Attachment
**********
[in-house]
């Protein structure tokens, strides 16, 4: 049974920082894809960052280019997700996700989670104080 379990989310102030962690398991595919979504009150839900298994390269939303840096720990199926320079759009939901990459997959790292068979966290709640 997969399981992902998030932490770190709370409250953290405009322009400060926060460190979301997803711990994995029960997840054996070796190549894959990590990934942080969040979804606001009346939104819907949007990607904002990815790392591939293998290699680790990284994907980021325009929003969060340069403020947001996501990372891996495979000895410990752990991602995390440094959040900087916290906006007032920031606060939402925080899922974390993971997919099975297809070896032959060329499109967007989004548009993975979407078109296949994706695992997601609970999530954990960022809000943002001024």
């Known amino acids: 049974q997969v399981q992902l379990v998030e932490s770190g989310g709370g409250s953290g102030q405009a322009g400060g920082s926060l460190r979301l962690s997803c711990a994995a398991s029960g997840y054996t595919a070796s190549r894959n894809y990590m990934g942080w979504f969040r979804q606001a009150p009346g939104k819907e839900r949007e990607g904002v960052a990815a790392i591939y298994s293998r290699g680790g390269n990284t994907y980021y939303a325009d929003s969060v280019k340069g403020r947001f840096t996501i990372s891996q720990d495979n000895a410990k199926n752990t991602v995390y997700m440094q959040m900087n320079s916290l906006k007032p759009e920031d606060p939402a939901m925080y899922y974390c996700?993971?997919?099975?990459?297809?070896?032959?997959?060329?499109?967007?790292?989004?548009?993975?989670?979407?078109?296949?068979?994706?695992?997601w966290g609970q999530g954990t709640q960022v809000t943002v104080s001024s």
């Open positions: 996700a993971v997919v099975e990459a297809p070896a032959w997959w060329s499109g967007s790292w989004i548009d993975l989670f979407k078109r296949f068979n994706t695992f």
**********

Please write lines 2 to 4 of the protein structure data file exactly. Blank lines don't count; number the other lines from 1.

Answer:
């Protein structure tokens, strides 16, 4: 049974920082894809960052280019997700996700989670104080 379990989310102030962690398991595919979504009150839900298994390269939303840096720990199926320079759009939901990459997959790292068979966290709640 997969399981992902998030932490770190709370409250953290405009322009400060926060460190979301997803711990994995029960997840054996070796190549894959990590990934942080969040979804606001009346939104819907949007990607904002990815790392591939293998290699680790990284994907980021325009929003969060340069403020947001996501990372891996495979000895410990752990991602995390440094959040900087916290906006007032920031606060939402925080899922974390993971997919099975297809070896032959060329499109967007989004548009993975979407078109296949994706695992997601609970999530954990960022809000943002001024």
């Known amino acids: 049974q997969v399981q992902l379990v998030e932490s770190g989310g709370g409250s953290g102030q405009a322009g400060g920082s926060l460190r979301l962690s997803c711990a994995a398991s029960g997840y054996t595919a070796s190549r894959n894809y990590m990934g942080w979504f969040r979804q606001a009150p009346g939104k819907e839900r949007e990607g904002v960052a990815a790392i591939y298994s293998r290699g680790g390269n990284t994907y980021y939303a325009d929003s969060v280019k340069g403020r947001f840096t996501i990372s891996q720990d495979n000895a410990k199926n752990t991602v995390y997700m440094q959040m900087n320079s916290l906006k007032p759009e920031d606060p939402a939901m925080y899922y974390c996700?993971?997919?099975?990459?297809?070896?032959?997959?060329?499109?967007?790292?989004?548009?993975?989670?979407?078109?296949?068979?994706?695992?997601w966290g609970q999530g954990t709640q960022v809000t943002v104080s001024s």
């Open positions: 996700a993971v997919v099975e990459a297809p070896a032959w997959w060329s499109g967007s790292w989004i548009d993975l989670f979407k078109r296949f068979n994706t695992f």